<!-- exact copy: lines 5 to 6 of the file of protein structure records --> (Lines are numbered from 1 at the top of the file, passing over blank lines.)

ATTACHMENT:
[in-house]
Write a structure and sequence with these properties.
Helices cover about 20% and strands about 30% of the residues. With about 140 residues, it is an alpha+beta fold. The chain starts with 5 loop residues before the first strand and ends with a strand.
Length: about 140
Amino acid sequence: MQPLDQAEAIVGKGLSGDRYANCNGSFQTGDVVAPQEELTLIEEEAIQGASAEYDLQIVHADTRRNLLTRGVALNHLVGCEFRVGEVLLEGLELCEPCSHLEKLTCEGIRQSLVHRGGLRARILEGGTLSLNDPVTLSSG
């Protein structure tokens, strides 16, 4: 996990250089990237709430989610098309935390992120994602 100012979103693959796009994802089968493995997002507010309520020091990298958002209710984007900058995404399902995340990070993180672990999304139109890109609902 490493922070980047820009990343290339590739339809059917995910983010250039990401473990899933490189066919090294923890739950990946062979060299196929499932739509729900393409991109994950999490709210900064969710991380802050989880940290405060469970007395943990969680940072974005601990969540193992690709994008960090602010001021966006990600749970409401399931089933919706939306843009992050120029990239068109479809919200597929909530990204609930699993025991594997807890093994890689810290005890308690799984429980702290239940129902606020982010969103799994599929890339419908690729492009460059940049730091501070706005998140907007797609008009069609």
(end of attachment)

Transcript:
Amino acid sequence: MQPLDQAEAIVGKGLSGDRYANCNGSFQTGDVVAPQEELTLIEEEAIQGASAEYDLQIVHADTRRNLLTRGVALNHLVGCEFRVGEVLLEGLELCEPCSHLEKLTCEGIRQSLVHRGGLRARILEGGTLSLNDPVTLSSG
């Protein structure tokens, strides 16, 4: 996990250089990237709430989610098309935390992120994602 100012979103693959796009994802089968493995997002507010309520020091990298958002209710984007900058995404399902995340990070993180672990999304139109890109609902 490493922070980047820009990343290339590739339809059917995910983010250039990401473990899933490189066919090294923890739950990946062979060299196929499932739509729900393409991109994950999490709210900064969710991380802050989880940290405060469970007395943990969680940072974005601990969540193992690709994008960090602010001021966006990600749970409401399931089933919706939306843009992050120029990239068109479809919200597929909530990204609930699993025991594997807890093994890689810290005890308690799984429980702290239940129902606020982010969103799994599929890339419908690729492009460059940049730091501070706005998140907007797609008009069609």